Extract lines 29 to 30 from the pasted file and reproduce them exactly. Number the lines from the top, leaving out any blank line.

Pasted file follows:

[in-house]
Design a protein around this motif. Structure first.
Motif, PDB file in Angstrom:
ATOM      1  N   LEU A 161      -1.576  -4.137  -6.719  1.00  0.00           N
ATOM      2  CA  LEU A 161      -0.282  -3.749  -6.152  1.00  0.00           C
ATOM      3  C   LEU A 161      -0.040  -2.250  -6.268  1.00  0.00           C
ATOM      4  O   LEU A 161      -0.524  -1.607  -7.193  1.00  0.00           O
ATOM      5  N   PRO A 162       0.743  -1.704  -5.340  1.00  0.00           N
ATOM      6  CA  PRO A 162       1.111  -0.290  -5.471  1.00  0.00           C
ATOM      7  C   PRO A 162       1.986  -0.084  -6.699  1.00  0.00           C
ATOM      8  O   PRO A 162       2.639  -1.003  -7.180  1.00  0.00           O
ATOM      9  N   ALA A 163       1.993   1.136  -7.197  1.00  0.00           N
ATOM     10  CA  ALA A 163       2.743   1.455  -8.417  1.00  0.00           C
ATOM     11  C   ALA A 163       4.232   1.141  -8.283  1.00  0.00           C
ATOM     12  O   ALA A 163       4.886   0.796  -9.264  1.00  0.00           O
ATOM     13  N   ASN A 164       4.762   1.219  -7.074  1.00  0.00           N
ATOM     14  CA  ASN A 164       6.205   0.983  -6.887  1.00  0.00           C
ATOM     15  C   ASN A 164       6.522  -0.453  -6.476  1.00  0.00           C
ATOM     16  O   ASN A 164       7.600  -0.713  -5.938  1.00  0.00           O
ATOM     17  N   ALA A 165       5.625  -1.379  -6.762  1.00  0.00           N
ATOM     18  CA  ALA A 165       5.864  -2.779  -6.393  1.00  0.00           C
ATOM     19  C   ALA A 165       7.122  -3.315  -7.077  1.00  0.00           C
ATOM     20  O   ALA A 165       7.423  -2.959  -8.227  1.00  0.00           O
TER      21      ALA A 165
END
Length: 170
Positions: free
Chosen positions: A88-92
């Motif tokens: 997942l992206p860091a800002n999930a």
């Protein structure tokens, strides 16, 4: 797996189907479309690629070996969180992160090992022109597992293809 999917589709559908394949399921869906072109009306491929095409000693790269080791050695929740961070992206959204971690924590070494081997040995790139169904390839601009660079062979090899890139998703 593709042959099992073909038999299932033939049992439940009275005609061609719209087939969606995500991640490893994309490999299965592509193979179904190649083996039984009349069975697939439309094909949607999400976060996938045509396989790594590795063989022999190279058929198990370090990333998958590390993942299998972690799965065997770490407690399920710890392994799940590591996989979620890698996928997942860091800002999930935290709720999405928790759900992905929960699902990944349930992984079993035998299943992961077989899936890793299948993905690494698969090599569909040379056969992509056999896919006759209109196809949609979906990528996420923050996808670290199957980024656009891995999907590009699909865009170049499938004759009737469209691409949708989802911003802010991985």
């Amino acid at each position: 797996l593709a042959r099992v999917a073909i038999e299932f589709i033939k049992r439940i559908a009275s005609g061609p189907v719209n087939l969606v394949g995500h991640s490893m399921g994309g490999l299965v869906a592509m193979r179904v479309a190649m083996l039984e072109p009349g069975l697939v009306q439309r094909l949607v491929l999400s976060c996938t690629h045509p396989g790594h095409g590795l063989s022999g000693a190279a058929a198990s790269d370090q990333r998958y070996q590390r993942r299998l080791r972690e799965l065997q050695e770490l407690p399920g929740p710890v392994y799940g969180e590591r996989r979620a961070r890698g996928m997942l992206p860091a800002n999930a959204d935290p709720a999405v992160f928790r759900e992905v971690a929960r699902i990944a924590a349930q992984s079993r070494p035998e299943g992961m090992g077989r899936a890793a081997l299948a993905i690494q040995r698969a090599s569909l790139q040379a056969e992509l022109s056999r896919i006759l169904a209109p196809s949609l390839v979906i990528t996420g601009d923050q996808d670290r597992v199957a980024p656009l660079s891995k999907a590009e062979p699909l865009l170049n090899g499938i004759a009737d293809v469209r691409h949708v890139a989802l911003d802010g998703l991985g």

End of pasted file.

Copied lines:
């Motif tokens: 997942l992206p860091a800002n999930a």
């Protein structure tokens, strides 16, 4: 797996189907479309690629070996969180992160090992022109597992293809 999917589709559908394949399921869906072109009306491929095409000693790269080791050695929740961070992206959204971690924590070494081997040995790139169904390839601009660079062979090899890139998703 593709042959099992073909038999299932033939049992439940009275005609061609719209087939969606995500991640490893994309490999299965592509193979179904190649083996039984009349069975697939439309094909949607999400976060996938045509396989790594590795063989022999190279058929198990370090990333998958590390993942299998972690799965065997770490407690399920710890392994799940590591996989979620890698996928997942860091800002999930935290709720999405928790759900992905929960699902990944349930992984079993035998299943992961077989899936890793299948993905690494698969090599569909040379056969992509056999896919006759209109196809949609979906990528996420923050996808670290199957980024656009891995999907590009699909865009170049499938004759009737469209691409949708989802911003802010991985």